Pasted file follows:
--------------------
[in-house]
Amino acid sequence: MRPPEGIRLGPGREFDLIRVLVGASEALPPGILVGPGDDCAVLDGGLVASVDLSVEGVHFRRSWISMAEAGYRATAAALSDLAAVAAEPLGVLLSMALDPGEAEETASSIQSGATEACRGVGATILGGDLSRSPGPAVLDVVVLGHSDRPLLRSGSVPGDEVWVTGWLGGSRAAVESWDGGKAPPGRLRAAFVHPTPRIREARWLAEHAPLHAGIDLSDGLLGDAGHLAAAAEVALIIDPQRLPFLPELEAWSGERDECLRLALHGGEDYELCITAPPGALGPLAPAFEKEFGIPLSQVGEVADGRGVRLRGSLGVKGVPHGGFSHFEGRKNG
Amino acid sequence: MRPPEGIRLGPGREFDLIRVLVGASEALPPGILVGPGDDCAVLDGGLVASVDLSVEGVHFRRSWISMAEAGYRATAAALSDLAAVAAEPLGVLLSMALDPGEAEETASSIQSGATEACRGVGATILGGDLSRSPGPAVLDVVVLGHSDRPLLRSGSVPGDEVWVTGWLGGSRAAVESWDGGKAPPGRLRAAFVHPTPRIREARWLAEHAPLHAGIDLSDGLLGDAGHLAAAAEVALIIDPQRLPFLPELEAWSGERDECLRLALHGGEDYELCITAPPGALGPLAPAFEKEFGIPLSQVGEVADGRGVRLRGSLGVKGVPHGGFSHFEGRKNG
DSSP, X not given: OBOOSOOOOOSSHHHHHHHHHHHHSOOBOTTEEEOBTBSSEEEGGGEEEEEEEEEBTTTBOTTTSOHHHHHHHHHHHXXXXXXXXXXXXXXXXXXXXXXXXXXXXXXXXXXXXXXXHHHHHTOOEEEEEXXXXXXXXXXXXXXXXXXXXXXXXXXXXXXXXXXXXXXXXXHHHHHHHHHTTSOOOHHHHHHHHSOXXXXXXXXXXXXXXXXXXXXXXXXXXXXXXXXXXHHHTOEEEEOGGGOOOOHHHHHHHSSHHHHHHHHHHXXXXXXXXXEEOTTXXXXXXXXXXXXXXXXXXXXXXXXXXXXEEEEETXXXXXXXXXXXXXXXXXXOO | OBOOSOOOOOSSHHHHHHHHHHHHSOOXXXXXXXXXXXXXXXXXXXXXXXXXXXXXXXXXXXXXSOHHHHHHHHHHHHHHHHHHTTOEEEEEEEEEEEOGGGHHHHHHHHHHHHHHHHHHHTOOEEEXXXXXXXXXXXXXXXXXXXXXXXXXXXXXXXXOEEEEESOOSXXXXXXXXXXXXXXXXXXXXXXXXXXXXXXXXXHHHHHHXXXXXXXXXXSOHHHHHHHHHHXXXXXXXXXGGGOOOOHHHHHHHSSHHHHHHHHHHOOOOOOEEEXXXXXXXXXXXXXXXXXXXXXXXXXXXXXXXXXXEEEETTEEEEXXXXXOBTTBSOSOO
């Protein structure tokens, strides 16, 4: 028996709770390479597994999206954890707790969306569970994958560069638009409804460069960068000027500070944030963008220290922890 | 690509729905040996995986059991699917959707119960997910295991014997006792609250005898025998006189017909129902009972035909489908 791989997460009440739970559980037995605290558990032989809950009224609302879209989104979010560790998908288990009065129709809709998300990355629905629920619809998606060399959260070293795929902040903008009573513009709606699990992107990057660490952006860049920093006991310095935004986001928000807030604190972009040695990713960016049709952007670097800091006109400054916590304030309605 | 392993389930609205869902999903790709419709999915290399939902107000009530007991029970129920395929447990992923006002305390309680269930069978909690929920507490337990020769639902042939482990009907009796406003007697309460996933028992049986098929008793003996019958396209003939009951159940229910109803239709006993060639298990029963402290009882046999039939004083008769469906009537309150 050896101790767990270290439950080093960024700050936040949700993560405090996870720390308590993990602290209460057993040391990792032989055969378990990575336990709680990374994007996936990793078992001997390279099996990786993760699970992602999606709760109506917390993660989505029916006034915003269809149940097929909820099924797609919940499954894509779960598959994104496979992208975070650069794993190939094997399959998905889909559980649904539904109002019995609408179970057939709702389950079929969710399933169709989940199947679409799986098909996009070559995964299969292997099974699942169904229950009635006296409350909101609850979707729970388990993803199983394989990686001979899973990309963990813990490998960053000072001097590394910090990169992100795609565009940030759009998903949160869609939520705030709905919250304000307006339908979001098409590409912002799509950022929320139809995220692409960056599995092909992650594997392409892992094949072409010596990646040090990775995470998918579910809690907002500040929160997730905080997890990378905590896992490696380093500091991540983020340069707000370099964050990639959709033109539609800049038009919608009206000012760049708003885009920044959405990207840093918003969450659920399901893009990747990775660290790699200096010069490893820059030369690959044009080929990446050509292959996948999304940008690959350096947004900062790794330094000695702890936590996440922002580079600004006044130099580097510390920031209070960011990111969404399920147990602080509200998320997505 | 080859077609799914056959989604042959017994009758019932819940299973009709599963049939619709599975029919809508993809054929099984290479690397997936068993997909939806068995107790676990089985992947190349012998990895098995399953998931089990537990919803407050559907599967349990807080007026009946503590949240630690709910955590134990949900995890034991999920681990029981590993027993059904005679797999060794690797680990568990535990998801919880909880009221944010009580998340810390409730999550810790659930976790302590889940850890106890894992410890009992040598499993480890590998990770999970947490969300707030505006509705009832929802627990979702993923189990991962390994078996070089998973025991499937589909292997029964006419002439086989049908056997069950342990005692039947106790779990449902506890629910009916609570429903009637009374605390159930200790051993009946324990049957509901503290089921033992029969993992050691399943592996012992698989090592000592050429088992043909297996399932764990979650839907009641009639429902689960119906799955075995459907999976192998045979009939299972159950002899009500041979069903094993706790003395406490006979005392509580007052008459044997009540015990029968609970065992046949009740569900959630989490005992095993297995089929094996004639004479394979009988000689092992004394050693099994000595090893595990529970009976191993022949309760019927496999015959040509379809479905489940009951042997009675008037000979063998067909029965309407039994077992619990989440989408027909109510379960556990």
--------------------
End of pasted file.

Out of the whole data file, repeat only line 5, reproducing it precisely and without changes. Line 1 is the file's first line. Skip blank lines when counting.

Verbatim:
């Protein structure tokens, strides 16, 4: 028996709770390479597994999206954890707790969306569970994958560069638009409804460069960068000027500070944030963008220290922890 | 690509729905040996995986059991699917959707119960997910295991014997006792609250005898025998006189017909129902009972035909489908 791989997460009440739970559980037995605290558990032989809950009224609302879209989104979010560790998908288990009065129709809709998300990355629905629920619809998606060399959260070293795929902040903008009573513009709606699990992107990057660490952006860049920093006991310095935004986001928000807030604190972009040695990713960016049709952007670097800091006109400054916590304030309605 | 392993389930609205869902999903790709419709999915290399939902107000009530007991029970129920395929447990992923006002305390309680269930069978909690929920507490337990020769639902042939482990009907009796406003007697309460996933028992049986098929008793003996019958396209003939009951159940229910109803239709006993060639298990029963402290009882046999039939004083008769469906009537309150 050896101790767990270290439950080093960024700050936040949700993560405090996870720390308590993990602290209460057993040391990792032989055969378990990575336990709680990374994007996936990793078992001997390279099996990786993760699970992602999606709760109506917390993660989505029916006034915003269809149940097929909820099924797609919940499954894509779960598959994104496979992208975070650069794993190939094997399959998905889909559980649904539904109002019995609408179970057939709702389950079929969710399933169709989940199947679409799986098909996009070559995964299969292997099974699942169904229950009635006296409350909101609850979707729970388990993803199983394989990686001979899973990309963990813990490998960053000072001097590394910090990169992100795609565009940030759009998903949160869609939520705030709905919250304000307006339908979001098409590409912002799509950022929320139809995220692409960056599995092909992650594997392409892992094949072409010596990646040090990775995470998918579910809690907002500040929160997730905080997890990378905590896992490696380093500091991540983020340069707000370099964050990639959709033109539609800049038009919608009206000012760049708003885009920044959405990207840093918003969450659920399901893009990747990775660290790699200096010069490893820059030369690959044009080929990446050509292959996948999304940008690959350096947004900062790794330094000695702890936590996440922002580079600004006044130099580097510390920031209070960011990111969404399920147990602080509200998320997505 | 080859077609799914056959989604042959017994009758019932819940299973009709599963049939619709599975029919809508993809054929099984290479690397997936068993997909939806068995107790676990089985992947190349012998990895098995399953998931089990537990919803407050559907599967349990807080007026009946503590949240630690709910955590134990949900995890034991999920681990029981590993027993059904005679797999060794690797680990568990535990998801919880909880009221944010009580998340810390409730999550810790659930976790302590889940850890106890894992410890009992040598499993480890590998990770999970947490969300707030505006509705009832929802627990979702993923189990991962390994078996070089998973025991499937589909292997029964006419002439086989049908056997069950342990005692039947106790779990449902506890629910009916609570429903009637009374605390159930200790051993009946324990049957509901503290089921033992029969993992050691399943592996012992698989090592000592050429088992043909297996399932764990979650839907009641009639429902689960119906799955075995459907999976192998045979009939299972159950002899009500041979069903094993706790003395406490006979005392509580007052008459044997009540015990029968609970065992046949009740569900959630989490005992095993297995089929094996004639004479394979009988000689092992004394050693099994000595090893595990529970009976191993022949309760019927496999015959040509379809479905489940009951042997009675008037000979063998067909029965309407039994077992619990989440989408027909109510379960556990």